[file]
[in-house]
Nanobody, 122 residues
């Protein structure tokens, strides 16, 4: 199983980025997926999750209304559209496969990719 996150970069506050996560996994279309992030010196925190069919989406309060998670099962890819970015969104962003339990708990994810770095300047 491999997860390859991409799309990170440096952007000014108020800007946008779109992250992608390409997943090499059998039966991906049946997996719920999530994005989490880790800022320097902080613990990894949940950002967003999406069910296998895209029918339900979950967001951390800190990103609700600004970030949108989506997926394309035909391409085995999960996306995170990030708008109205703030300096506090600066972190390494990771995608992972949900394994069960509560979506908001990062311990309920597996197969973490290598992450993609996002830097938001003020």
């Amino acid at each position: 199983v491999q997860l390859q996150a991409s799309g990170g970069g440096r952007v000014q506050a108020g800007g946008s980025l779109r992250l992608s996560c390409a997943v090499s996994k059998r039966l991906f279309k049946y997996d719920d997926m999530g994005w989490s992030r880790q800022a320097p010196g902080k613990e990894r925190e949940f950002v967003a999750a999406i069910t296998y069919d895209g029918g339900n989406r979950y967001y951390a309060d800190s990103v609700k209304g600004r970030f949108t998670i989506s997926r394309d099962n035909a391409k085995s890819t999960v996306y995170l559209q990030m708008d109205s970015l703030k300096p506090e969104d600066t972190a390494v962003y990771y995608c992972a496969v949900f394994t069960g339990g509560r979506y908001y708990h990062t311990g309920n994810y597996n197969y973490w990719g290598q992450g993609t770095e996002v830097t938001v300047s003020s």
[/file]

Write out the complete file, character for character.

[in-house]
Nanobody, 122 residues
């Protein structure tokens, strides 16, 4: 199983980025997926999750209304559209496969990719 996150970069506050996560996994279309992030010196925190069919989406309060998670099962890819970015969104962003339990708990994810770095300047 491999997860390859991409799309990170440096952007000014108020800007946008779109992250992608390409997943090499059998039966991906049946997996719920999530994005989490880790800022320097902080613990990894949940950002967003999406069910296998895209029918339900979950967001951390800190990103609700600004970030949108989506997926394309035909391409085995999960996306995170990030708008109205703030300096506090600066972190390494990771995608992972949900394994069960509560979506908001990062311990309920597996197969973490290598992450993609996002830097938001003020």
């Amino acid at each position: 199983v491999q997860l390859q996150a991409s799309g990170g970069g440096r952007v000014q506050a108020g800007g946008s980025l779109r992250l992608s996560c390409a997943v090499s996994k059998r039966l991906f279309k049946y997996d719920d997926m999530g994005w989490s992030r880790q800022a320097p010196g902080k613990e990894r925190e949940f950002v967003a999750a999406i069910t296998y069919d895209g029918g339900n989406r979950y967001y951390a309060d800190s990103v609700k209304g600004r970030f949108t998670i989506s997926r394309d099962n035909a391409k085995s890819t999960v996306y995170l559209q990030m708008d109205s970015l703030k300096p506090e969104d600066t972190a390494v962003y990771y995608c992972a496969v949900f394994t069960g339990g509560r979506y908001y708990h990062t311990g309920n994810y597996n197969y973490w990719g290598q992450g993609t770095e996002v830097t938001v300047s003020s």